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Pumpkin flavoured bread rolls shaped like pumpkins on a black background with fresh mini pumpkins.

Pumpkin Bread Rolls

Pumpkin bread rolls - these cute little pumpkin flavoured dinner rolls are easier to make than you might think and the perfect centrepiece for an Autumn celebration!
Course Breakfast, Side Dish
Cuisine American, baking
Keyword bread rolls
Prep Time 40 minutes
Cook Time 20 minutes
Rising time 2 hours 15 minutes
Total Time 1 hour
Calories 238kcal
Author Domestic Gothess


  • 10 g (3 tsp) fast action/instant yeast
  • 160 ml (⅔ cup) milk (either dairy or unsweetened non-dairy is fine)
  • 50 g (¼ cup) light brown soft sugar
  • 240 g (1 cup) pumpkin puree not pumpkin pie filling
  • 1 large egg (or 1 flax egg)
  • 510 g (4 ¼ cups) Plain flour (all-purpose)
  • 1 ¼ tsp salt
  • 1 tsp ground cinnamon
  • 1 tsp ground ginger
  • ½ tsp ground coriander
  • ¼ tsp ground cloves
  • ¼ tsp ground nutmeg
  • 80 g (⅓ cup) butter (or vegan block butter)
  • 2 Tbsp melted butter for brushing (or melted vegan butter)
  • sliced pecans for stalks (sliced lengthways)


  • In the bowl of an electric stand mixer whisk together the yeast, ½ tsp of the brown sugar and ⅓ of the milk until the yeast has dissolved. Let rest for 5 - 10 minutes until foamy.
  • Whisk in the rest of the milk, the sugar, pumpkin puree and egg (or flax egg).
  • Add the flour, salt and spices and stir to form a rough dough. Mix on a medium speed for a couple of minutes then gradually add the butter a tablespoon at a time, mixing well after each addition.
  • Turn the mixer up to high and continue to mix for about 5 to 10 minutes until the dough is smooth and elastic and pulls away from the sides of the bowl cleanly. It should still be quite soft and sticky but should not be wet, if it is then you can add in a little more flour as needed.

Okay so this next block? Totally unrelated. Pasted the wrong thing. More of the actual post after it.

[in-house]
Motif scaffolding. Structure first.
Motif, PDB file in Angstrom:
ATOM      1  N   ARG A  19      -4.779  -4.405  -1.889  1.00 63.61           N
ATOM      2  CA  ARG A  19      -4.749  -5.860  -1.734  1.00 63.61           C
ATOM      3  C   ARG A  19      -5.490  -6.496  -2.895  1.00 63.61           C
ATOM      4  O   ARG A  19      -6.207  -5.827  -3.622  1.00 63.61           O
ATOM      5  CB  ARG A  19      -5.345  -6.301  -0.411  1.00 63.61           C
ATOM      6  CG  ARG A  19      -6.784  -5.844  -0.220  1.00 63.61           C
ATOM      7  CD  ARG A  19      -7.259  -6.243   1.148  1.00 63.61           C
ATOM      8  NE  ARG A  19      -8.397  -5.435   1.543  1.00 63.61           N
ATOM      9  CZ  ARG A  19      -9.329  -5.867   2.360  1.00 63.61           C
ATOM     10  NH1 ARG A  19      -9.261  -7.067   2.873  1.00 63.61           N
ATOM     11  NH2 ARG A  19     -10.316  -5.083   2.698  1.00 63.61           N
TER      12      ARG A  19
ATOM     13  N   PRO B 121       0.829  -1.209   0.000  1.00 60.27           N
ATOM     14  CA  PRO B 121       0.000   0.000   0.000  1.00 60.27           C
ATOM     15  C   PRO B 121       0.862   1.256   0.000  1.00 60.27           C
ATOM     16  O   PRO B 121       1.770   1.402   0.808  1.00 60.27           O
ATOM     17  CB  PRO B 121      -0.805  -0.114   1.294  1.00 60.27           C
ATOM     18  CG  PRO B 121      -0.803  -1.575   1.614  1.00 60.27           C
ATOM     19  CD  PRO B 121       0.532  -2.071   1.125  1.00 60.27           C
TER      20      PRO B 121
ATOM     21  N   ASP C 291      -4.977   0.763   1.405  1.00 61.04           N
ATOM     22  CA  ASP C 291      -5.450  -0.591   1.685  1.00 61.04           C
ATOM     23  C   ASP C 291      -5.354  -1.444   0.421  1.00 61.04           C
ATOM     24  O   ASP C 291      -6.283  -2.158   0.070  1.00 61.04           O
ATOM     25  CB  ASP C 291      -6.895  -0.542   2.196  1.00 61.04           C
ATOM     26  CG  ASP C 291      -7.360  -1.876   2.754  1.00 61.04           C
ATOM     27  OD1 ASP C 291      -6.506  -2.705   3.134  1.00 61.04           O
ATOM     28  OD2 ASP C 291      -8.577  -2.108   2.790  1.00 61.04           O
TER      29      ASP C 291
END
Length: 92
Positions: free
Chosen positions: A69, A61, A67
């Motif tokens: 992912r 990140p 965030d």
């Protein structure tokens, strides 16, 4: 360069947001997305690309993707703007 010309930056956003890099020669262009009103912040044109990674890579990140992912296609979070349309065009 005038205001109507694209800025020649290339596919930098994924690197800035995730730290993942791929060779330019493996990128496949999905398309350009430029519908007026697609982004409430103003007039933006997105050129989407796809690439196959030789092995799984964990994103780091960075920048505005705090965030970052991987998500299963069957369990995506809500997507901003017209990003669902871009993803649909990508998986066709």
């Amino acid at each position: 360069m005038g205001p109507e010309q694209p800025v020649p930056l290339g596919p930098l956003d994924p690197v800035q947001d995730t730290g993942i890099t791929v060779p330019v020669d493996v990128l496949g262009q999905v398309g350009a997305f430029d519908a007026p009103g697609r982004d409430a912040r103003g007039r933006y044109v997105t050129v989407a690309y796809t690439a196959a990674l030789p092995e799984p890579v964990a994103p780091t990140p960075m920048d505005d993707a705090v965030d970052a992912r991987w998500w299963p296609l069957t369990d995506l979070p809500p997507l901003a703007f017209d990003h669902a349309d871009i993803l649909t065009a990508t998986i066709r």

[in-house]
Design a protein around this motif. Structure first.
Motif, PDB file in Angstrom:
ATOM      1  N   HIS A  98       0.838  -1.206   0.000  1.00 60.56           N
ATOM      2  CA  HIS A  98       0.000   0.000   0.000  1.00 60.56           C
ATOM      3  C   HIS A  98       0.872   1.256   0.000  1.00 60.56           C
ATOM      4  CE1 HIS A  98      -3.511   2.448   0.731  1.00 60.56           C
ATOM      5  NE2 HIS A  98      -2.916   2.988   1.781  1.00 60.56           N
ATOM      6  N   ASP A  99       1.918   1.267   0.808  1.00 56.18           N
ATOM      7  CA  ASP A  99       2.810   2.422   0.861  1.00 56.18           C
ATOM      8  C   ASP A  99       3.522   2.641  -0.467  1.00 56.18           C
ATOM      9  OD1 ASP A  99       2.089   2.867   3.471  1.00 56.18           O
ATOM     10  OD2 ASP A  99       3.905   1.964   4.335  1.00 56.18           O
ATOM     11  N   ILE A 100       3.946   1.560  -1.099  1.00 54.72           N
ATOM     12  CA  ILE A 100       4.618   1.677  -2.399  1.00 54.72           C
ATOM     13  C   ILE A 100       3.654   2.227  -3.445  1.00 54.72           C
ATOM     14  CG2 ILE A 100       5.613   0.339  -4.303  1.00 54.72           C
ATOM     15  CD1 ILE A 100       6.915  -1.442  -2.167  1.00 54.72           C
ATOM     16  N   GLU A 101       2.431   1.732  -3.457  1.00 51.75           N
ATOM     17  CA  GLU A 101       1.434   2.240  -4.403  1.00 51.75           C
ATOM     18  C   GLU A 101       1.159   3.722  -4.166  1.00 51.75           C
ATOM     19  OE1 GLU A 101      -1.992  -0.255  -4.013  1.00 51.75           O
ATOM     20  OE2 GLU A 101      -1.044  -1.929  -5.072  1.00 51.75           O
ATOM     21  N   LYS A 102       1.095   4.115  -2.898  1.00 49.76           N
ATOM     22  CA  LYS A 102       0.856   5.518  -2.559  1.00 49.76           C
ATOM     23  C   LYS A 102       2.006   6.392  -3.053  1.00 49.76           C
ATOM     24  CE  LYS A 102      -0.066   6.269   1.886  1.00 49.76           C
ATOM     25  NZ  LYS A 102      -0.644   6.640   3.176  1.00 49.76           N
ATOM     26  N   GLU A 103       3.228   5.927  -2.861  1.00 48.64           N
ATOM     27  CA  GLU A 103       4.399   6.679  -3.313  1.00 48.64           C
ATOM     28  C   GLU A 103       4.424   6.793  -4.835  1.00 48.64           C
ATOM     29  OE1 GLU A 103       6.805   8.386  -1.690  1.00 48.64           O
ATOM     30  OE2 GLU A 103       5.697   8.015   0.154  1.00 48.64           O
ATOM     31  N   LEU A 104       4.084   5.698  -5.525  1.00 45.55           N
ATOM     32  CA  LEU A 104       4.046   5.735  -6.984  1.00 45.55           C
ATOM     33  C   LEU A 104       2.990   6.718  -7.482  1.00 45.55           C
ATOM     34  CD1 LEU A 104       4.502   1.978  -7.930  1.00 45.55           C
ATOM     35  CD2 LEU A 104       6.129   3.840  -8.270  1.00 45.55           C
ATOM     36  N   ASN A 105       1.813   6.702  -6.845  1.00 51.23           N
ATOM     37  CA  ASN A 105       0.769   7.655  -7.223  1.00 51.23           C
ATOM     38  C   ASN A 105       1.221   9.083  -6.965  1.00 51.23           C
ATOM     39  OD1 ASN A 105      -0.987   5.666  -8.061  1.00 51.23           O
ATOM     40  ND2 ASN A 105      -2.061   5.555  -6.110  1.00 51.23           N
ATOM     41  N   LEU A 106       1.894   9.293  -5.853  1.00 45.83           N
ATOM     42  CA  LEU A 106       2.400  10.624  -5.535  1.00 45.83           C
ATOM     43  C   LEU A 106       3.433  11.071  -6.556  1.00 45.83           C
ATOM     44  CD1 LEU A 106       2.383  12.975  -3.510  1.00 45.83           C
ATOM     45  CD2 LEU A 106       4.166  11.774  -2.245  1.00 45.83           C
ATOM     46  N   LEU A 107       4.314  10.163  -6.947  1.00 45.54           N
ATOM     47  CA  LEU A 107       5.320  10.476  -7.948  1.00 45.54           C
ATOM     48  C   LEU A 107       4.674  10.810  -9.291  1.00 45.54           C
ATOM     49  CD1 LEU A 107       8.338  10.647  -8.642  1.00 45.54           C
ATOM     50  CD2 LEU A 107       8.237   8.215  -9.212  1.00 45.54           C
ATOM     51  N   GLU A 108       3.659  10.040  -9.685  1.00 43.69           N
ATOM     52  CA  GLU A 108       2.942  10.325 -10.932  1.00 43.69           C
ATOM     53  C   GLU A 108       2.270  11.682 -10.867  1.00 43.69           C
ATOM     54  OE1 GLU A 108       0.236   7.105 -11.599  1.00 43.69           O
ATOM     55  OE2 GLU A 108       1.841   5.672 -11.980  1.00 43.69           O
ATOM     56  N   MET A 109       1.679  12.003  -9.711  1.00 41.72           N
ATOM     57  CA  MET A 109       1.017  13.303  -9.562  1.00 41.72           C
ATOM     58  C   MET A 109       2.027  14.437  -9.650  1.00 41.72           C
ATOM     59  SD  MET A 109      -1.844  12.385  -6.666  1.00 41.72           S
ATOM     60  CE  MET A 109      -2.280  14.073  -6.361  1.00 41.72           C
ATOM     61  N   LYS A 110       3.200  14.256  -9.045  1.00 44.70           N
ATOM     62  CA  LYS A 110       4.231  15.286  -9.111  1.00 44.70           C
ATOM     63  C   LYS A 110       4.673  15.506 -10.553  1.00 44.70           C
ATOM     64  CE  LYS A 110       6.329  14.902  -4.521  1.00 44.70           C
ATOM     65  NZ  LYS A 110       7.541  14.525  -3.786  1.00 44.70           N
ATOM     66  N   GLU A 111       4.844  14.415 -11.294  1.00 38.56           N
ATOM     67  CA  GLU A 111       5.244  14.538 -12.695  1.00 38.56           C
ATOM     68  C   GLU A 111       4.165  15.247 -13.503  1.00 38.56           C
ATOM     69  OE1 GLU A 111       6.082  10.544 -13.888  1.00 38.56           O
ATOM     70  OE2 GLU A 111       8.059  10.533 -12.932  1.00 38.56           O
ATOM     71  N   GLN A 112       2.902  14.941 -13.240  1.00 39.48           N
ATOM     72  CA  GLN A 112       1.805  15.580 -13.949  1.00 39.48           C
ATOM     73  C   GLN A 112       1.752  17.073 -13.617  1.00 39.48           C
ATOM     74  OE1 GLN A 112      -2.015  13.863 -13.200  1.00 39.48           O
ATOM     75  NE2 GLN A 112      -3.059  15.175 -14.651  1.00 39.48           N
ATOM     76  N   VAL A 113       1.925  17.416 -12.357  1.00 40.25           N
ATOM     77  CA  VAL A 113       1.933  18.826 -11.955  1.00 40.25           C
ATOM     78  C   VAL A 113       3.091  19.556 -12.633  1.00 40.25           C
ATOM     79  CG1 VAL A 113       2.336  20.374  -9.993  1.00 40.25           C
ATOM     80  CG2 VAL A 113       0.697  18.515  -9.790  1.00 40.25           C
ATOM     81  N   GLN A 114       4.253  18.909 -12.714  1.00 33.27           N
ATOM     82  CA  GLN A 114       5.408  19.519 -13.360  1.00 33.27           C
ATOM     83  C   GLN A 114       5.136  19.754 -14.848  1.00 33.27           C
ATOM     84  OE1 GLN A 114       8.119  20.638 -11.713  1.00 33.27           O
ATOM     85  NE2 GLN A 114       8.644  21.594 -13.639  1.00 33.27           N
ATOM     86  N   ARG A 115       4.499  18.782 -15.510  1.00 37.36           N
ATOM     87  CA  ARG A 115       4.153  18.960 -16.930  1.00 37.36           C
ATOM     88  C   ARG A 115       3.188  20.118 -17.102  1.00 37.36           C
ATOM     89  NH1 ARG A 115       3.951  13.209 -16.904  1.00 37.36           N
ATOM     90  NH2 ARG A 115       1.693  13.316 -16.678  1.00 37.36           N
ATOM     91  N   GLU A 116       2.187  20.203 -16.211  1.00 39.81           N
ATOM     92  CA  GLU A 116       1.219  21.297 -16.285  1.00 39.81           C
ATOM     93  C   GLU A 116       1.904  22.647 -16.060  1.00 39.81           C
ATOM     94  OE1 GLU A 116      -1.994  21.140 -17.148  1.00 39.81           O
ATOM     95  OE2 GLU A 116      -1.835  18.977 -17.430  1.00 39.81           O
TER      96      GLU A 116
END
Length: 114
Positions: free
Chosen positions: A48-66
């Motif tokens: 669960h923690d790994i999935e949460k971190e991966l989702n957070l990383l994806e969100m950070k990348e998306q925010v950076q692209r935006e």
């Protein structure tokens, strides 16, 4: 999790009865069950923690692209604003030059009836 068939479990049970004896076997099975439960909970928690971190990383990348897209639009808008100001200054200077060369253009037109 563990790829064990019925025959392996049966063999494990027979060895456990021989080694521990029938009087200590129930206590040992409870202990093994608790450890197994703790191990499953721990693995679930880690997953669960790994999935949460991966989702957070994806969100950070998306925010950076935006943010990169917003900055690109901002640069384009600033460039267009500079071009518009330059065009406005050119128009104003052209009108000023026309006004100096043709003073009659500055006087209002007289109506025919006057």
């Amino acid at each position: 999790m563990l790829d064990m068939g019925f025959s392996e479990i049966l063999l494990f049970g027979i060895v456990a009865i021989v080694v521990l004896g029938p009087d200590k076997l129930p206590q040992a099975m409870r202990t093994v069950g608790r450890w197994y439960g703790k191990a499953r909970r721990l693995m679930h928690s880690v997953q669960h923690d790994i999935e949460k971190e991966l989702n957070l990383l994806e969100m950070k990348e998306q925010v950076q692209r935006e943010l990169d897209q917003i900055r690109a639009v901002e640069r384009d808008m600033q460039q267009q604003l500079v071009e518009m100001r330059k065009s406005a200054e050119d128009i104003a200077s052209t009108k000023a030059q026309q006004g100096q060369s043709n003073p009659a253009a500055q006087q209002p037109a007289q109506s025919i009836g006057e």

• Transfer the dough to a large, lightly oiled bowl; cover and set aside to rise in a warm place until doubled in size, about 1-2 hours.
  • Knock back the risen dough and divide it into 12-15 even pieces (I made 12). Shape each one into a ball on a lightly floured surface. Line two baking sheets with baking parchment.
  • To shape the buns using scissors, oil your scissors (or a sharp knife) and make 8 cuts equally spaced around the ball of dough, leaving the centre uncut.
  • To shape the buns using string, take a long piece of string and find the halfway point. Place the half way point on top of the ball of dough and flip the whole thing over. Pull the two pieces of string together and cross them over to create a cross on the bottom of the ball. Flip it over again and do the same thing until the ball is divided into 8 equal pieces. Tie the string at the top and cut off any excess. Make sure that you don't pull the string too tight as the dough will expand a lot as it rises and in the oven.
  • Place the shaped buns well spaced apart on the prepared trays. Cover loosely with oiled clingfilm and set aside to rise until puffy and the dough springs back slowly if you press it with a finger, about 45 minutes.
  • Meanwhile, preheat the oven to 180°C/350°F/gas mark 4. If you are using the scissors shaping method then use the oiled end of a wooden spoon to make a deep hole in the centre of each bun. Bake the buns for about 20 minutes until golden and they sound hollow when tapped on the bottom.
  • Remove the buns from the oven and allow to cool for a couple of minutes then very carefully remove the string (if you used that shaping method). Brush the buns generously with melted butter and push a sliced pecan into the centre of each to make the stalk. Best served on the day they are made; store in an airtight container.


For the best results make sure that you follow the recipe closely. As always, I highly recommend using the gram measurements (with a digital scale), rather than the cup conversions. Cup measurements are simply not accurate enough for baking and I cannot guarantee the best results if you use them.